Kenyon holds a special place in my heart because I traveled extensively with the Dean of Admissions from Kenyon as part of a travel consortium through Asia and Hawaii, which included Skidmore (where I was a counselor), Kenyon, Colorado College, Colby College and St. John’s College of Santa Fe.
Jennifer, the Dean of Admissions, always made sure to talk about the aesthetic beauty of campus. It was only after being on Kenyon’s campus that I could truly appreciate how beautiful it really is! It is one of the most beautiful that I have seen, right alongside University of Washington and Furman College.
We had dinner with the admissions staff and a number of students at the Village Inn, which was absolutely delicious. I had a chance to get to know a few Kenyon students and I was really impressed with the spectrum of their interests. One was really passionate about educational advocacy, another student was an international studies major who had applied for the peace corps and a Fulbright scholarship, while others were busy conducting science research with professors on campus.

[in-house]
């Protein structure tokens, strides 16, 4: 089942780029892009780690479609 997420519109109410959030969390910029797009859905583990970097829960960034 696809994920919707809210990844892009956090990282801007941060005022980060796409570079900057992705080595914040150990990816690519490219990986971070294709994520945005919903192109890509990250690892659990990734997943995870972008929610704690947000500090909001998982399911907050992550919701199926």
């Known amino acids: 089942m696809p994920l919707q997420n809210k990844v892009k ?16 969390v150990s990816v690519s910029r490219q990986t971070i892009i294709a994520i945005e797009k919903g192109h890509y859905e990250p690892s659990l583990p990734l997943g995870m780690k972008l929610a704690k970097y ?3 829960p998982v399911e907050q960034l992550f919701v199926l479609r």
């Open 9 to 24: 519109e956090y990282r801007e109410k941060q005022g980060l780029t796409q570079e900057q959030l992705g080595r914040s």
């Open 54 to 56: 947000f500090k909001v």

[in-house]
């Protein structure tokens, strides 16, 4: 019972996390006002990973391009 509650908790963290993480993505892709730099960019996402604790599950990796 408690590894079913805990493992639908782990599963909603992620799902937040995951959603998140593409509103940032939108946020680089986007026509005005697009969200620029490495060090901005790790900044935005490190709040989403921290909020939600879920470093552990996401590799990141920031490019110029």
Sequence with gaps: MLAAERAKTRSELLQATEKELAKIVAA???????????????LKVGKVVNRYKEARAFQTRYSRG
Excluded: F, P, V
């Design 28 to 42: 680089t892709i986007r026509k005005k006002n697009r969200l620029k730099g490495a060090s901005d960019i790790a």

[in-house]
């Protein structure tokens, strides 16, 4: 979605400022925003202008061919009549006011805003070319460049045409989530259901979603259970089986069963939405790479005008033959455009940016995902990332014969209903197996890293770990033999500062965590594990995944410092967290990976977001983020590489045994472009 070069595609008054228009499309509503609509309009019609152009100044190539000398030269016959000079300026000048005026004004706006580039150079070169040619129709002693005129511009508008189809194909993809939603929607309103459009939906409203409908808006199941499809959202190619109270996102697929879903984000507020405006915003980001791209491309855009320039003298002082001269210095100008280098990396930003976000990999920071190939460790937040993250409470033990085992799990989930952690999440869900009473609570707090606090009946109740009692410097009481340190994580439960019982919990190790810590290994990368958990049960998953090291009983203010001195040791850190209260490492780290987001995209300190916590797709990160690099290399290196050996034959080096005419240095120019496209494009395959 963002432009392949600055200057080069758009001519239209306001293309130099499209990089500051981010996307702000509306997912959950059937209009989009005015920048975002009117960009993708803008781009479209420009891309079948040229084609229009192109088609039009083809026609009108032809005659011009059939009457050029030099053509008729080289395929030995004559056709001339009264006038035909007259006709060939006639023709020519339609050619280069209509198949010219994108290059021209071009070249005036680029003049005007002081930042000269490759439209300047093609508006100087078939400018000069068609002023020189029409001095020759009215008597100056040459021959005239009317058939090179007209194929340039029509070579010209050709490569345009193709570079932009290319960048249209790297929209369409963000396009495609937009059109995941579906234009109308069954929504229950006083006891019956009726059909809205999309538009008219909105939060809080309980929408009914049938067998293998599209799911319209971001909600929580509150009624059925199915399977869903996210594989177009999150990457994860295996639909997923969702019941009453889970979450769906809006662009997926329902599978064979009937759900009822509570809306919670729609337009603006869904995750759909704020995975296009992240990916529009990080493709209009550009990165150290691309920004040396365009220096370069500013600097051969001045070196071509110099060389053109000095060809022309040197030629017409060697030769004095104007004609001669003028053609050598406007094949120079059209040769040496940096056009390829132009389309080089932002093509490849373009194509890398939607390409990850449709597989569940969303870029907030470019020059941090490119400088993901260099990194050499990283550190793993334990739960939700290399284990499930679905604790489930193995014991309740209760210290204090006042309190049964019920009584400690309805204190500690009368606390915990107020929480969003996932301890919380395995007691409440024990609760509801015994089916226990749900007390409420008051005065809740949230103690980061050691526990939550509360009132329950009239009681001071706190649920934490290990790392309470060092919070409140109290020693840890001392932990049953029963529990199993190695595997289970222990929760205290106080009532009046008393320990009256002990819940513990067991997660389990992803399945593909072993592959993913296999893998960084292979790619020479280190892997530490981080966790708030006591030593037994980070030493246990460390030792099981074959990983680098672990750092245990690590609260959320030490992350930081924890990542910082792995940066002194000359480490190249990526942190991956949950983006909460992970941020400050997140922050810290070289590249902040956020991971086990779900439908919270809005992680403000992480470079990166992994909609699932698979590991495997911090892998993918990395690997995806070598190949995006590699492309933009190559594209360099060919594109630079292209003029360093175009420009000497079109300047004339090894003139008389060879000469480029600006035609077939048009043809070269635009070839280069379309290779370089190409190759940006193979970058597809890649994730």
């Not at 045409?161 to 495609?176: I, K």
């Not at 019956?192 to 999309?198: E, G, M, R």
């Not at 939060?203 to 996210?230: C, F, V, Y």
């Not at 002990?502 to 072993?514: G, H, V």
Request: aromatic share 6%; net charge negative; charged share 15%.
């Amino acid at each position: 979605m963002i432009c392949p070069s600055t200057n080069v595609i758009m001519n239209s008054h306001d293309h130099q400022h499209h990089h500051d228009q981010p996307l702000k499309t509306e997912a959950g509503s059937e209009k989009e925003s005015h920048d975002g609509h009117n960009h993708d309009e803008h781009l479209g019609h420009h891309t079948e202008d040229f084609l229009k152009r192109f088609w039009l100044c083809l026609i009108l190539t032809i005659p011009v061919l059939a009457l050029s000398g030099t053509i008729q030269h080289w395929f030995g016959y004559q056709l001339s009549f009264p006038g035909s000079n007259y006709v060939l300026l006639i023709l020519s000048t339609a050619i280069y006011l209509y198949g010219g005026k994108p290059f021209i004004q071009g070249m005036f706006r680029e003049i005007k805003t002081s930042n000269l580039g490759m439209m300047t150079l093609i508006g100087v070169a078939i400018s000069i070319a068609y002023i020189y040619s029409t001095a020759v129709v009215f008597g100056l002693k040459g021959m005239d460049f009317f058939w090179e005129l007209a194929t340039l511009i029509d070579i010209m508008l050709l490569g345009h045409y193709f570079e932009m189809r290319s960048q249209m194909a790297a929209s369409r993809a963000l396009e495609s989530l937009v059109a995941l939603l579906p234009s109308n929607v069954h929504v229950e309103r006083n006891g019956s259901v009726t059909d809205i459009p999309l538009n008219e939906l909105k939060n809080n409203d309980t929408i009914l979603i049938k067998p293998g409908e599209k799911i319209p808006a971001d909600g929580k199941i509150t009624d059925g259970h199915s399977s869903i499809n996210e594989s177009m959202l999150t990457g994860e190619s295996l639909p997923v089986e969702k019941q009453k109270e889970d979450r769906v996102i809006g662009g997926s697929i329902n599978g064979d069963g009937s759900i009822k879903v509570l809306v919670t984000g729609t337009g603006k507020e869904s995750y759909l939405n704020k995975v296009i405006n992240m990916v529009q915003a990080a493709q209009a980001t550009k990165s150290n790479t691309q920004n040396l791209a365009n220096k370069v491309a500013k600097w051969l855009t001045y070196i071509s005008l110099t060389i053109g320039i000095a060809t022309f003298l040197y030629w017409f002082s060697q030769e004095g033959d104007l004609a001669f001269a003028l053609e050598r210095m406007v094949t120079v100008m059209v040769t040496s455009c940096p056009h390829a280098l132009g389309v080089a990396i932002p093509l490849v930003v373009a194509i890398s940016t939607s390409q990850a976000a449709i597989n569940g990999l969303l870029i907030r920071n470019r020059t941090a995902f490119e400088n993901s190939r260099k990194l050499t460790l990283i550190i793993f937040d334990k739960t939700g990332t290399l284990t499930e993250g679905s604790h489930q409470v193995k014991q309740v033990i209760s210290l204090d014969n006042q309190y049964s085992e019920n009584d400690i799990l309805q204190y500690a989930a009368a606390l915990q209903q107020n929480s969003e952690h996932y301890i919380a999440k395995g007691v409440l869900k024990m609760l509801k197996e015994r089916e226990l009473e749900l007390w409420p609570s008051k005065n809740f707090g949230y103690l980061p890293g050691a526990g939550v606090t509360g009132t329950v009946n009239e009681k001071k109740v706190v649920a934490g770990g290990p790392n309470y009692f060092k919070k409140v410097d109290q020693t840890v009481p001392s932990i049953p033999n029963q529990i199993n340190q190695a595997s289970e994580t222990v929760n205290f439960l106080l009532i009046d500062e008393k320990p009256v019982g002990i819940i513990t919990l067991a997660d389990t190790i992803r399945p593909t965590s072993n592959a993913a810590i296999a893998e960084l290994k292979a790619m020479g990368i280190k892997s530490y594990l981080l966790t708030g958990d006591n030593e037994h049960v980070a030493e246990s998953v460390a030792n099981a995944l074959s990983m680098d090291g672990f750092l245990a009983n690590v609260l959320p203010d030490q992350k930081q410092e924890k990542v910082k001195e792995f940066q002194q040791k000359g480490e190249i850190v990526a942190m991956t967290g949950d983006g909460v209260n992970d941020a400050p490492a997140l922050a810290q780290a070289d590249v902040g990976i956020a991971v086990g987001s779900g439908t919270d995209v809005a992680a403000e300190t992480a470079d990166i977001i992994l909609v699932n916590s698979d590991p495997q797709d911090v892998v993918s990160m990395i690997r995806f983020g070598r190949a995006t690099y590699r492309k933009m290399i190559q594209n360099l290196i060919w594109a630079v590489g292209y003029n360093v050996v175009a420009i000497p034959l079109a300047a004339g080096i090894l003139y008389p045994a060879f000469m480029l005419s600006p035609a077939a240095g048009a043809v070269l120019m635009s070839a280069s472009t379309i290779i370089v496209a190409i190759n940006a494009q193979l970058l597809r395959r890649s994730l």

After dinner, we were treated to an ice cream at the legendary Kenyon Bookstore. I was really impressed with everything that was available for purchase there, and the ice cream was awesome!
When visiting a college – whether by car, foot, or bike – take time to absorb the campus culture. Learn not only about the academics, but also the student body and the campus itself. After all, you will be spending the next four years there!
Stay tuned for Part II featuring more colleges on the tour!